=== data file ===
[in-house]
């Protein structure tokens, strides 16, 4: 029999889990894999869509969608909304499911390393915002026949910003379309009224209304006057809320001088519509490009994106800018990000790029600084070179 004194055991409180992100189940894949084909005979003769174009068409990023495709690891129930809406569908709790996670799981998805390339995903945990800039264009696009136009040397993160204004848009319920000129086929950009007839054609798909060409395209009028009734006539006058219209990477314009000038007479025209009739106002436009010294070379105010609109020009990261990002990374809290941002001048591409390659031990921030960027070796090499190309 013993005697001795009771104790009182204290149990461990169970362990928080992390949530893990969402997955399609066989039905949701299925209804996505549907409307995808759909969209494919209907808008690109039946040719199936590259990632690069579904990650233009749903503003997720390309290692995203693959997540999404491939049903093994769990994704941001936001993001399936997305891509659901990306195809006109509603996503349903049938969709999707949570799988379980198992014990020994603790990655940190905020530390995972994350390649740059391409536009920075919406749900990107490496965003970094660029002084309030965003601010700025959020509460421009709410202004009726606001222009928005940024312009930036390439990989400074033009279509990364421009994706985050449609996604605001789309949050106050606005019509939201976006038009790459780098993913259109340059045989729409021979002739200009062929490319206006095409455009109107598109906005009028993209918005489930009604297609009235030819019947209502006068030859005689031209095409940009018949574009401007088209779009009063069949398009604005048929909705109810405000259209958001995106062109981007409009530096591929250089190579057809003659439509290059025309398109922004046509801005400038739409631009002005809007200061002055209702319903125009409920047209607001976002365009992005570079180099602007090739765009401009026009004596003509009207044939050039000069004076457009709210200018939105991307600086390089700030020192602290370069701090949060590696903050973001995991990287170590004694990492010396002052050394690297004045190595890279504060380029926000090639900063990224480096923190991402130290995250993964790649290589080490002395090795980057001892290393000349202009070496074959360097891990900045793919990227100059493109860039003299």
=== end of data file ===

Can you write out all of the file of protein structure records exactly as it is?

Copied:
[in-house]
């Protein structure tokens, strides 16, 4: 029999889990894999869509969608909304499911390393915002026949910003379309009224209304006057809320001088519509490009994106800018990000790029600084070179 004194055991409180992100189940894949084909005979003769174009068409990023495709690891129930809406569908709790996670799981998805390339995903945990800039264009696009136009040397993160204004848009319920000129086929950009007839054609798909060409395209009028009734006539006058219209990477314009000038007479025209009739106002436009010294070379105010609109020009990261990002990374809290941002001048591409390659031990921030960027070796090499190309 013993005697001795009771104790009182204290149990461990169970362990928080992390949530893990969402997955399609066989039905949701299925209804996505549907409307995808759909969209494919209907808008690109039946040719199936590259990632690069579904990650233009749903503003997720390309290692995203693959997540999404491939049903093994769990994704941001936001993001399936997305891509659901990306195809006109509603996503349903049938969709999707949570799988379980198992014990020994603790990655940190905020530390995972994350390649740059391409536009920075919406749900990107490496965003970094660029002084309030965003601010700025959020509460421009709410202004009726606001222009928005940024312009930036390439990989400074033009279509990364421009994706985050449609996604605001789309949050106050606005019509939201976006038009790459780098993913259109340059045989729409021979002739200009062929490319206006095409455009109107598109906005009028993209918005489930009604297609009235030819019947209502006068030859005689031209095409940009018949574009401007088209779009009063069949398009604005048929909705109810405000259209958001995106062109981007409009530096591929250089190579057809003659439509290059025309398109922004046509801005400038739409631009002005809007200061002055209702319903125009409920047209607001976002365009992005570079180099602007090739765009401009026009004596003509009207044939050039000069004076457009709210200018939105991307600086390089700030020192602290370069701090949060590696903050973001995991990287170590004694990492010396002052050394690297004045190595890279504060380029926000090639900063990224480096923190991402130290995250993964790649290589080490002395090795980057001892290393000349202009070496074959360097891990900045793919990227100059493109860039003299």